1. re: Science Chick

                              I'm so in...I haven't read the whole thing, but if you don't mind giving some quick ways to support now, how can we do it?

                              1. re: Madrid

                                You could attend the Community Meeting for the Boston Public Market, March 13th.
                                http://www.mass.gov/agr/public-market...

                                There is also a Donate link on their website as well. Please note I am in no way encouraging donations, just a notice that they are accepting.

                                http://www.bostonpublicmarket.org/

                      2. This sounds amazing! Sort of like Reading Terminal Market, but with more of a focus on the fresh produce, rather than the restaurant type places. Can't wait!

                        1. Does anyone know that happened to public market in Portland, Maine? Only went once, when visiting Portland, thought is was great, and sad to see it gone on my next visit. Any lessons learned there? I had a blackberry scone I still weep to eat again.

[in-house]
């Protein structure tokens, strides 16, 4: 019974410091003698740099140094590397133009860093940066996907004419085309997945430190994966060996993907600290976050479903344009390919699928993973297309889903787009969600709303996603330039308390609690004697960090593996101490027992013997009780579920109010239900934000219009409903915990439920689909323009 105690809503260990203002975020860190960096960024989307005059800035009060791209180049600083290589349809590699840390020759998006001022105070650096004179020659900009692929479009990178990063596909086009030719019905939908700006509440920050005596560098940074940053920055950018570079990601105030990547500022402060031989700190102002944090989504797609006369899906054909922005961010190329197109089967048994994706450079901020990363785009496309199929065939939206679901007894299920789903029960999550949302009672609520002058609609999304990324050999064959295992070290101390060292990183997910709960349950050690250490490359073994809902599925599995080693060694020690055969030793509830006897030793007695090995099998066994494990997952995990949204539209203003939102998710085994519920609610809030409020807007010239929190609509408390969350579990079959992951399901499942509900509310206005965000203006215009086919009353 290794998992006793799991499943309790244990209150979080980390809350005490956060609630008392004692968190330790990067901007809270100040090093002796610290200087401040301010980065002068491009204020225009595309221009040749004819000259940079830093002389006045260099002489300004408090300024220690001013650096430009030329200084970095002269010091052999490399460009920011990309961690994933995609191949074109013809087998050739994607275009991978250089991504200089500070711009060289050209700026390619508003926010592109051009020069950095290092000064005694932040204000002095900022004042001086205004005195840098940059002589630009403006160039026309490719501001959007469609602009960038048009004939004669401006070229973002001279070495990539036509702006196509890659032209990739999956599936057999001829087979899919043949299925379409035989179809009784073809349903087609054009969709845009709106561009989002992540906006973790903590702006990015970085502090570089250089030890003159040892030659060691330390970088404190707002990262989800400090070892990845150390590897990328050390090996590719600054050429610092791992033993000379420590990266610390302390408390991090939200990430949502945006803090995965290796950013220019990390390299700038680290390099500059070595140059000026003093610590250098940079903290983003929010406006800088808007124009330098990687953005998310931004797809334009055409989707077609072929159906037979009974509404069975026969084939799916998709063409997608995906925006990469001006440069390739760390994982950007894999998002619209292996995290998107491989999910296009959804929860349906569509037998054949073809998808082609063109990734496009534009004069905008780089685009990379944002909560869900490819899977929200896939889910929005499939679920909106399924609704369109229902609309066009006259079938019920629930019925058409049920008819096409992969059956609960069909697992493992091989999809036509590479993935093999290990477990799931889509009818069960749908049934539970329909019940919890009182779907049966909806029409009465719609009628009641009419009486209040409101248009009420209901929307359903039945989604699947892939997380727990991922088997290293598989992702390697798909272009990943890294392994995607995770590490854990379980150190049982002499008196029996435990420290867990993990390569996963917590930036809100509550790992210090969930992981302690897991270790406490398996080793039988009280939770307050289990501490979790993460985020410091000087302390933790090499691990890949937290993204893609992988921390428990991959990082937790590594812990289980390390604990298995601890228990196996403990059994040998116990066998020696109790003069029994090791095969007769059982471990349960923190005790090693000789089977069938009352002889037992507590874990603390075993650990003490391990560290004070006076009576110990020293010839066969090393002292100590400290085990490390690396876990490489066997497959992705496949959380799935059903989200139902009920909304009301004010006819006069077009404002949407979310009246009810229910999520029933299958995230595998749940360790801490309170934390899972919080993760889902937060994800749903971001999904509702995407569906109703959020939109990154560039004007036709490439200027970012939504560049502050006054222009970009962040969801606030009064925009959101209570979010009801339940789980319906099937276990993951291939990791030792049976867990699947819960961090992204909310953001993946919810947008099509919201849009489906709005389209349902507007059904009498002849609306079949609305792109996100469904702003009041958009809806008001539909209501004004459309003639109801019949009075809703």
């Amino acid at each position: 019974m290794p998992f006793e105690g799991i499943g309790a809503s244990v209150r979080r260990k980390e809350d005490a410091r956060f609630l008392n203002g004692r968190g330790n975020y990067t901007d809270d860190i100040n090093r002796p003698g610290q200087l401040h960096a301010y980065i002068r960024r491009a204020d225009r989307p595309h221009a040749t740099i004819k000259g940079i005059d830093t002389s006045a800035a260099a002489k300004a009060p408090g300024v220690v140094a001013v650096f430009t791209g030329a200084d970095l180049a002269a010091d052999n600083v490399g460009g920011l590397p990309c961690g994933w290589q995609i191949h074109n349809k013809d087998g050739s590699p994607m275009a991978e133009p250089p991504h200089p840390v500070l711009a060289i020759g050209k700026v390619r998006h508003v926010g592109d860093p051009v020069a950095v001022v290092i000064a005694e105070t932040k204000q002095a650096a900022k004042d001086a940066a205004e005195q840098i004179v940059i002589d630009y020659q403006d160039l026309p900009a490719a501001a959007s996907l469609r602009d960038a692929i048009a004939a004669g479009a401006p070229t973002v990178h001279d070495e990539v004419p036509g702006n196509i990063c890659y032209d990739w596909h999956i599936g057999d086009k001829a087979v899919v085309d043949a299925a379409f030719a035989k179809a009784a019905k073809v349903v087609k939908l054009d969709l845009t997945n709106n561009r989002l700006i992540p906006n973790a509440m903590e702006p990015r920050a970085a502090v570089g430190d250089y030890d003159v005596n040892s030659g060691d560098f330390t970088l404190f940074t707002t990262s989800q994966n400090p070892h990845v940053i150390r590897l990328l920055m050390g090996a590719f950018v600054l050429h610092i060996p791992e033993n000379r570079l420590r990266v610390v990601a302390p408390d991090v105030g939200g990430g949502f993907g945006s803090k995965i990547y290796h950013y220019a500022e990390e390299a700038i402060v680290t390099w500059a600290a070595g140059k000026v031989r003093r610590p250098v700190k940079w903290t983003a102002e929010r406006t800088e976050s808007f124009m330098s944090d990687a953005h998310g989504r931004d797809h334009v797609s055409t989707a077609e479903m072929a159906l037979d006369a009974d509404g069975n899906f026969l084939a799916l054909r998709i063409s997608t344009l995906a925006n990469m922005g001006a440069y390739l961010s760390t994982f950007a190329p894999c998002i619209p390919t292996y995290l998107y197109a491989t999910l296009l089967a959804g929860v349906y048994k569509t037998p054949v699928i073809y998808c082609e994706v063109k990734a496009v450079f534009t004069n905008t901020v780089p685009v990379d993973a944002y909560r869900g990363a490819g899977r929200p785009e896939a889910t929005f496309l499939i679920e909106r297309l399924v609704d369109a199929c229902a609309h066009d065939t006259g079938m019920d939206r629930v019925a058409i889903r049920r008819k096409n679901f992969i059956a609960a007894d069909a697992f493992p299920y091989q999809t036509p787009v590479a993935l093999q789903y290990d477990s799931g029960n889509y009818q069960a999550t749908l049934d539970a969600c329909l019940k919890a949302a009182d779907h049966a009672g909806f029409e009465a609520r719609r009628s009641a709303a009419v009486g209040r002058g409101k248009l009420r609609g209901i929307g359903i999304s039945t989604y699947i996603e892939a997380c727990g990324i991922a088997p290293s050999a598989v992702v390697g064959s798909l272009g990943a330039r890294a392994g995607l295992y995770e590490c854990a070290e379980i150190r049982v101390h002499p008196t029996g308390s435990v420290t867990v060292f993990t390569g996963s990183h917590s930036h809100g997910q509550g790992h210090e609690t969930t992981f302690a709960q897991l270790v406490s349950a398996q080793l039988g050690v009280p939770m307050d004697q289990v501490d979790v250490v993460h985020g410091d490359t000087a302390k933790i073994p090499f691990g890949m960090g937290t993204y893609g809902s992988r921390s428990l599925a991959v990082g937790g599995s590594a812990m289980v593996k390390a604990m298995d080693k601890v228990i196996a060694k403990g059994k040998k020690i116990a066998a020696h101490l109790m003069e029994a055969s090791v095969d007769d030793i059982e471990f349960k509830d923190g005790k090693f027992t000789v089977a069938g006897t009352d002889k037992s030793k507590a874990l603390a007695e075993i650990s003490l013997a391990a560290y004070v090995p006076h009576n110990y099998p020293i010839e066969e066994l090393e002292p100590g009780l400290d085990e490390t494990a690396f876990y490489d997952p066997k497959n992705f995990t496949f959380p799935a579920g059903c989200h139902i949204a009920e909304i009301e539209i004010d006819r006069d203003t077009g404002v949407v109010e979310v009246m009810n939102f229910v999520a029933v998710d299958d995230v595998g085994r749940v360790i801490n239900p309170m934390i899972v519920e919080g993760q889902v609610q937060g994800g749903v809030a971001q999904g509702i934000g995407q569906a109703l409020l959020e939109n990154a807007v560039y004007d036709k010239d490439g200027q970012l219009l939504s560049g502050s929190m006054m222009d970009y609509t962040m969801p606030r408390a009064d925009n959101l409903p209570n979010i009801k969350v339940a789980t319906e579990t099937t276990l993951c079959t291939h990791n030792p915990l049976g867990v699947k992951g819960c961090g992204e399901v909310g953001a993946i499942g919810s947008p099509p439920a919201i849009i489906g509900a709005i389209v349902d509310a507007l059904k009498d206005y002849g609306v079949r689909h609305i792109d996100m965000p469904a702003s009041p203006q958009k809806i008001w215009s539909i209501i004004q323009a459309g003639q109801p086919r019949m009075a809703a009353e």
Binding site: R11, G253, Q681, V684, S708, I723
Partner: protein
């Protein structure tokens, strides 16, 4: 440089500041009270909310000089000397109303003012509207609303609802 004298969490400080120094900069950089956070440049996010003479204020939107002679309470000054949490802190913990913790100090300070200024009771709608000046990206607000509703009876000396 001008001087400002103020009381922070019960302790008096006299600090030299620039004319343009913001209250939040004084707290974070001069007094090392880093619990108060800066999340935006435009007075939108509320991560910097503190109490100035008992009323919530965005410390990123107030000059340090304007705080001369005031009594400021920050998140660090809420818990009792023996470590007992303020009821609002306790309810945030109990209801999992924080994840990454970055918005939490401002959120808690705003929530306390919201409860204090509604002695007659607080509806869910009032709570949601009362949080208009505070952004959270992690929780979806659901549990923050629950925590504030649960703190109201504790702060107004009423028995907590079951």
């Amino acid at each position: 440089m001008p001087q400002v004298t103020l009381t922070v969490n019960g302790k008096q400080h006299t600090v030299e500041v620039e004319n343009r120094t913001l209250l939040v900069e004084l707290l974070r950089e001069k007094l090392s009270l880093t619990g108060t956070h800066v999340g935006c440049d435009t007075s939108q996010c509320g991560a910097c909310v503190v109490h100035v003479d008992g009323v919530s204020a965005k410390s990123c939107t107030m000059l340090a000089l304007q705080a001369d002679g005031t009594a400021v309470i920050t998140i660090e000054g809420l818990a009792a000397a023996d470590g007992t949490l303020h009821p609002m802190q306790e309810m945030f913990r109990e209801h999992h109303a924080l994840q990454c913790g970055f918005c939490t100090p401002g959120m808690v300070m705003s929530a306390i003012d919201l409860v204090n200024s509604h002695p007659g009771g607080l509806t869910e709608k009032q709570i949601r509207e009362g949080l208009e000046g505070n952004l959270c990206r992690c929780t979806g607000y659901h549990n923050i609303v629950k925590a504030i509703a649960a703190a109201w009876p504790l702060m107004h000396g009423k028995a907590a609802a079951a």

The Boston Public Market will attract tourists with sit down eateries and great food to grab and go. Most hotels don't have refrigerators and toursits aren't looking to stock up for flights home. I think I remember reading a NYT article about a hotel with kitchens near the fantastic SF Ferry market, and as a former resident of the Bay Area, I loved the idea, but I want to cook for friends and family in my own kitchen. And I have a longstanding fantasy of suddenly having money to burn and renting lots of casitas in New Mexico during fall harvest there for groups of friends and family while I cook from the harvest and they all get their own private abode.

                          But beyond that, a city market is a city market. There's isn't space for parking and when are those from the burbs going to come in? On Saturday and Sunday?